66 years later and Compassion’s mission has not changed. Everyday our project staff undertake acts of compassion to protect and empower some of the world’s most vulnerable children. And it’s all made possible by individuals who’ve taken the step to sponsor a child and be compassionate.

If you’ve been moved to act with compassion, find out more about how you can sponsor a child and make a real difference.

Sponsor a child today

2. ‘Am I suffering from compassion fatigue?’ Honest questions to ask yourself

The tragic truth is that we often ignore the mass suffering that takes place in our world. Crises such as the global refugee crisis present us with figures we don’t know how to process: a staggering 65.3 million people are now displaced from their homes worldwide.

As debates rage about whether there are limits to human compassion, and why some atrocities provoke greater news coverage and outpourings of compassion than others, we don’t have any easy answers. But we do know that caring for the one is a powerful and Biblical place to start.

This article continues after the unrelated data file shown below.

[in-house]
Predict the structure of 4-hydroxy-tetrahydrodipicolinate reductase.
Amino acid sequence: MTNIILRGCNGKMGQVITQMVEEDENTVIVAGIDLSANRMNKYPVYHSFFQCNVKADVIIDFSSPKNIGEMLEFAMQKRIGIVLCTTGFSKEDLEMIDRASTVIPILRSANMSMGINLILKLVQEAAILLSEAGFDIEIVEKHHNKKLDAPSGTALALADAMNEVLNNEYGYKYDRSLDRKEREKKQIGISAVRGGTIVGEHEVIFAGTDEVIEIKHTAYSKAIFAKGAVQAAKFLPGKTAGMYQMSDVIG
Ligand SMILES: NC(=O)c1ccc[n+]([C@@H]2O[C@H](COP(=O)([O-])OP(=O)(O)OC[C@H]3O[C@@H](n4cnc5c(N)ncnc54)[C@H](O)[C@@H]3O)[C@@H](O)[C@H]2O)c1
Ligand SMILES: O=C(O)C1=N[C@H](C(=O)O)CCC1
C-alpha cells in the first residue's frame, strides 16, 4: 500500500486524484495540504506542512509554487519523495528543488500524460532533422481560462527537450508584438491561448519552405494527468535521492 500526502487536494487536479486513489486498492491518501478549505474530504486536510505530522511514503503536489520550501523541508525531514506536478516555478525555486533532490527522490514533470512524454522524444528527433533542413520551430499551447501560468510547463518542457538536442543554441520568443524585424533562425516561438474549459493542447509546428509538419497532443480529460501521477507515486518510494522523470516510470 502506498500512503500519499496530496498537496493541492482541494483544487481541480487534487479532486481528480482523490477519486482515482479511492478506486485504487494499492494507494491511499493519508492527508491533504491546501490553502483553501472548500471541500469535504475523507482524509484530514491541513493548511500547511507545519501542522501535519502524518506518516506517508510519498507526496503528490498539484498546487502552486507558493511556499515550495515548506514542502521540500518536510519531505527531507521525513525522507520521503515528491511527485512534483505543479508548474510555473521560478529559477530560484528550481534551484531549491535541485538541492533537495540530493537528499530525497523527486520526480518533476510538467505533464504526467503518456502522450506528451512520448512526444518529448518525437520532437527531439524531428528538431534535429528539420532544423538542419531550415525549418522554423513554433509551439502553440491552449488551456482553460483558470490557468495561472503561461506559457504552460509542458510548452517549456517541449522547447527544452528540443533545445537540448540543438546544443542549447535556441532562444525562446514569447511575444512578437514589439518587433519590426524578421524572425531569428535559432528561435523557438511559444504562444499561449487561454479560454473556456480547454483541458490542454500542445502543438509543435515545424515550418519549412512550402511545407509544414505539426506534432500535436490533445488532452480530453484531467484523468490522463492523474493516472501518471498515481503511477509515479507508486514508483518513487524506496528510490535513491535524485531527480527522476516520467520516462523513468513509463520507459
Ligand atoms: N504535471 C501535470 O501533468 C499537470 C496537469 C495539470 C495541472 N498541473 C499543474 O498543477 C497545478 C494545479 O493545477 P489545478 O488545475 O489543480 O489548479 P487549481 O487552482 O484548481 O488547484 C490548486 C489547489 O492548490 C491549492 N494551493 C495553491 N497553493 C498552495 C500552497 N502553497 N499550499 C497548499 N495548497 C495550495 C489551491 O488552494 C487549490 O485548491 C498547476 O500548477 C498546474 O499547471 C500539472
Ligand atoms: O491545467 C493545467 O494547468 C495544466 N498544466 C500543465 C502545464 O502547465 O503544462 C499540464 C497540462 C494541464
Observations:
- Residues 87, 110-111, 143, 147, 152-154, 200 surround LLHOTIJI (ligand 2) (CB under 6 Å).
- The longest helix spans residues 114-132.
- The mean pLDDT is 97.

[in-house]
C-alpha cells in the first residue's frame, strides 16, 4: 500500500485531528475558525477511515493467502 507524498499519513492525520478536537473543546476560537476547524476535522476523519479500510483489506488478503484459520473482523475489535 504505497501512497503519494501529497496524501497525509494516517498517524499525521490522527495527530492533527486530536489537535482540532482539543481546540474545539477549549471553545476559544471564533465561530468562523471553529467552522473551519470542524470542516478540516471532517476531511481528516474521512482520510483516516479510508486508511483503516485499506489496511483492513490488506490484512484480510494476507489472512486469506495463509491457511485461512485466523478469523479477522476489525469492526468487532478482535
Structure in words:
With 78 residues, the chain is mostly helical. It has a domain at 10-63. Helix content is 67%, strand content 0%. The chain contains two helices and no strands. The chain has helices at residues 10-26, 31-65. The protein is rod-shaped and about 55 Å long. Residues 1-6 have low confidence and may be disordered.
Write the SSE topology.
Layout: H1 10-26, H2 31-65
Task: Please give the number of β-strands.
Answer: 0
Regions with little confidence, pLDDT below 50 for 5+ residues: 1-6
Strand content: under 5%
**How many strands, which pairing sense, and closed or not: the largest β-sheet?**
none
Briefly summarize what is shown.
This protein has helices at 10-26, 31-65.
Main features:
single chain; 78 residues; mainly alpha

Find somewhere quiet to reflect and think through these questions:

  • Do you really see those in need? To borrow Danielle’s Strickland’s words, “the first step must always be to choose to see the injustice around us. Let’s open our eyes, it’s a choice.”
  • Are you authentically listening to those around you who are suffering? Good listening takes active effort and energy.
  • Have you been affected by the cynicism of our culture which often tells us nothing makes a difference so why bother caring at all?
  • Do you only show compassion when it’s fashionable or convenient to you? I know that I’m guilty of responding to a one-off TV appeal and mentally ticking the I’ve been compassionate box.
  • How are you driven to be compassionate? Why do you offer to help a neighbour in need or volunteer at the homeless shelter?

It’s interesting to see how there are compassion peaks and troughs depending on when suffering receives news coverage and when we’re preoccupied with the business of life.


Google searches for poverty, refugees and compassion significantly dip over the Christmas period when perhaps we’re too distracted to exercise compassion.

And disasters move in and out of the news with alarming speed. Hurricane Matthew struck Haiti on 4 October 2016, destroying 90% of parts of southern Haiti.

hurricane matthew searche